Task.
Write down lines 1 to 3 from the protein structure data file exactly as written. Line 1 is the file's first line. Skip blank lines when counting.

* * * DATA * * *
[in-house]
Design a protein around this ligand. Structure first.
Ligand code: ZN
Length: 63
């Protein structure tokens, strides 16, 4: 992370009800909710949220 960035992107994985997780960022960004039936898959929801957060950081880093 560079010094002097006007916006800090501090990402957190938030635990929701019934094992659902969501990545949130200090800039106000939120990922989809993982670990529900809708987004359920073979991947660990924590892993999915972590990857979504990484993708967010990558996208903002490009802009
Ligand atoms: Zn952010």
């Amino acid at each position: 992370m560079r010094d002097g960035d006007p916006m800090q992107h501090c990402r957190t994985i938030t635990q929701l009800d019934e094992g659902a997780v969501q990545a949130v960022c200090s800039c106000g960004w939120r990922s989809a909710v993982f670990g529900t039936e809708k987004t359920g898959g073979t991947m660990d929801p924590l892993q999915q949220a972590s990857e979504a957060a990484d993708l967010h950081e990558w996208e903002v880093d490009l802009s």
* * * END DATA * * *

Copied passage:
[in-house]
Design a protein around this ligand. Structure first.
Ligand code: ZN